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    ABSTRACT: Cancer cells adapt their metabolism during tumorigenesis. We studied two isogenic breast cancer cells lines (highly metastatic 4T1; nonmetastatic 67NR) to identify differences in their glucose and glutamine metabolism in response to metabolic and environmental stress. Dynamic magnetic resonance spectroscopy of 13C-isotopomers showed that 4T1 cells have higher glycolytic and tricarboxylic acid (TCA) cycle flux than 67NR cells and readily switch between glycolysis and oxidative phosphorylation (OXPHOS) in response to different extracellular environments. OXPHOS activity increased with metastatic potential in isogenic cell lines derived from the same primary breast cancer: 4T1 > 4T07 and 168FARN (local micrometastasis only) > 67NR. We observed a restricted TCA cycle flux at the succinate dehydrogenase step in 67NR cells (but not in 4T1 cells), leading to succinate accumulation and hindering OXPHOS. In the four isogenic cell lines, environmental stresses modulated succinate dehydrogenase subunit A expression according to metastatic potential. Moreover, glucose-derived lactate production was more glutamine dependent in cell lines with higher metastatic potential. These studies show clear differences in TCA cycle metabolism between 4T1 and 67NR breast cancer cells. They indicate that metastases-forming 4T1 cells are more adept at adjusting their metabolism in response to environmental stress than isogenic, nonmetastatic 67NR cells. We suggest that the metabolic plasticity and adaptability are more important to the metastatic breast cancer phenotype than rapid cell proliferation alone, which could 1) provide a new biomarker for early detection of this phenotype, possibly at the time of diagnosis, and 2) lead to new treatment strategies of metastatic breast cancer by targeting mitochondrial metabolism. Full article:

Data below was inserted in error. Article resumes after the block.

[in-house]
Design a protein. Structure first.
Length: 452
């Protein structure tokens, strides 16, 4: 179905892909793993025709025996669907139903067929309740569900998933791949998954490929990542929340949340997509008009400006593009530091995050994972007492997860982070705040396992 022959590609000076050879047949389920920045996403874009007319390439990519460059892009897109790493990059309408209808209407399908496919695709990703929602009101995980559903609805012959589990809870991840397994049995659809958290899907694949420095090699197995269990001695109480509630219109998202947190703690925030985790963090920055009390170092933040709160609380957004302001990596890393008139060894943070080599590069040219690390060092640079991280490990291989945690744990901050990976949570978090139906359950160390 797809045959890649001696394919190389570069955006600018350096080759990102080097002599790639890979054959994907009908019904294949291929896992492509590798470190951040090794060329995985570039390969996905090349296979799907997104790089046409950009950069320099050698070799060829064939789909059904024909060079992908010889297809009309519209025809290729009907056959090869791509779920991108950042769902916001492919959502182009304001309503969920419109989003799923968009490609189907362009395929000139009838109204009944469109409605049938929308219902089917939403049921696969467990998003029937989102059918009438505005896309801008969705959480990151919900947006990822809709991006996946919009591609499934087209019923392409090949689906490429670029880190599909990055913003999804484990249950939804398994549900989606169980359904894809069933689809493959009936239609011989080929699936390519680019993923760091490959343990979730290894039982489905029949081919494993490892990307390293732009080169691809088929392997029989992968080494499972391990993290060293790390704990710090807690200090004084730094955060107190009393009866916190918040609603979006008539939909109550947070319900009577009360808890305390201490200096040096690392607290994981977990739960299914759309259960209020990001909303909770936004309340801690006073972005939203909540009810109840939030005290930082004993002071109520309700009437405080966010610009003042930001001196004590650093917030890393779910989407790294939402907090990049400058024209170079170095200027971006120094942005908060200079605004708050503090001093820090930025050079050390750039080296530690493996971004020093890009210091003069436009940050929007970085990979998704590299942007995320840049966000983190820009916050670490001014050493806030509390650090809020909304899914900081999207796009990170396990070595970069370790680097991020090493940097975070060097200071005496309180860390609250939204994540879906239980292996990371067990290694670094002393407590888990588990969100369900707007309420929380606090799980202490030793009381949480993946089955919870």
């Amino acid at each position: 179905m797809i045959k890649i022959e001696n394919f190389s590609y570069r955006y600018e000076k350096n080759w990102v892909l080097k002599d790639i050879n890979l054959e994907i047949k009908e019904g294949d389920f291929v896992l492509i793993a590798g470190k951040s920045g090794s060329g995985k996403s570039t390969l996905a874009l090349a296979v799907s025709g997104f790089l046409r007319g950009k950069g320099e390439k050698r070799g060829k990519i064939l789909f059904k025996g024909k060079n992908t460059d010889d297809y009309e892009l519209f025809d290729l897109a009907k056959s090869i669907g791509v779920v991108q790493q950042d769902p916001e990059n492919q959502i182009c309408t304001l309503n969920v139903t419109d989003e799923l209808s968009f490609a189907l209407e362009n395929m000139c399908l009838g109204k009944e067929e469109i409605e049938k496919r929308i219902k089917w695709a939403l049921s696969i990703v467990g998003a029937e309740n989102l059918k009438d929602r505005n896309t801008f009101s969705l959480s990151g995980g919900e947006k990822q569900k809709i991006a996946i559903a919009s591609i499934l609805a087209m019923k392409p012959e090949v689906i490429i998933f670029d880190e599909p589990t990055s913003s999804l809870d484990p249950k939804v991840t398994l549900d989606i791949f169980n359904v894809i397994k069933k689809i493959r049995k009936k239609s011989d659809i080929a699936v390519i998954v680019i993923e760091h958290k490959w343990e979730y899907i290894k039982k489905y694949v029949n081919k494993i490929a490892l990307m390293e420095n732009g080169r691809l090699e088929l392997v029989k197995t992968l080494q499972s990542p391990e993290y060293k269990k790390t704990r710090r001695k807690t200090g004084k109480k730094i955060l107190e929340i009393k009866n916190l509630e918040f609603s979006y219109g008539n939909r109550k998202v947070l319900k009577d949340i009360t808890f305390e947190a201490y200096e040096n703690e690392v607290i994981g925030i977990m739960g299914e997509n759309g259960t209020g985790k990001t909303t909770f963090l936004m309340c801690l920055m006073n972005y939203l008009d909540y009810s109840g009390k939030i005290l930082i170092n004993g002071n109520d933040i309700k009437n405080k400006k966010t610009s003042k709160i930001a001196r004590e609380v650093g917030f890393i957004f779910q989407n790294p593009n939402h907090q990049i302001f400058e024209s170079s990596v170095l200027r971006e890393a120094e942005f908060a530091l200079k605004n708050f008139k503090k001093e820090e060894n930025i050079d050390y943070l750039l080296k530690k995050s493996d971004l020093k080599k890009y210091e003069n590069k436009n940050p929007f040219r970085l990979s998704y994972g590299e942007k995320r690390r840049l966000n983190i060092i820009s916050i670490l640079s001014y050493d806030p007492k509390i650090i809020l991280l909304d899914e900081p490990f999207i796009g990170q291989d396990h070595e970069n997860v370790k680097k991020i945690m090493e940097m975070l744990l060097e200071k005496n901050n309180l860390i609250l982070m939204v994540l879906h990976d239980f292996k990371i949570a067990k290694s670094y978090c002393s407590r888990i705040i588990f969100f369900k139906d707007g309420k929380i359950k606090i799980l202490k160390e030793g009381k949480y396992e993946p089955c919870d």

Neoplasia (New York, N.Y.) 08/2015; 17(8):671-684. DOI:10.1016/j.neo.2015.08.005 · 4.25 Impact Factor
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    • "According to [5] [27], relatively high pH i fosters cell division and provides resistance to cell apoptosis. Hence (see [5]), higher pH i may cause a reentry of the cell into the mitotic phase or suppression of mitotic arrest. "
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    ABSTRACT: Cancer research is not only a fast growing field involving many branches of science, but also an intricate and diversified field rife with anomalies. One such anomaly is the consistent reliance of cancer cells on glucose metabolism for energy production even in a normoxic environment. Glycolysis is an inefficient pathway for energy production and normally is used during hypoxic conditions. Since cancer cells have a high demand for energy (e.g. for proliferation) it is somehow paradoxical for them to rely on such a mechanism. An emerging conjecture aiming to explain this behavior is that cancer cells preserve this aerobic glycolytic phenotype for its use in invasion and metastasis (see, e.g., Gatenby and Gillies (2004) [1], Racker (1976) [2]). We follow this hypothesis and propose a new model for cancer invasion, depending on the dynamics of extra- and intracellular protons, by building upon the existing ones. We incorporate random perturbations in the intracellular proton dynamics to account for uncertainties affecting the cellular machinery. Finally, we address the well-posedness of our setting and use numerical simulations to illustrate the model predictions.
    Nonlinear Analysis Real World Applications 04/2015; 22:176–205. DOI:10.1016/j.nonrwa.2014.08.008 · 2.52 Impact Factor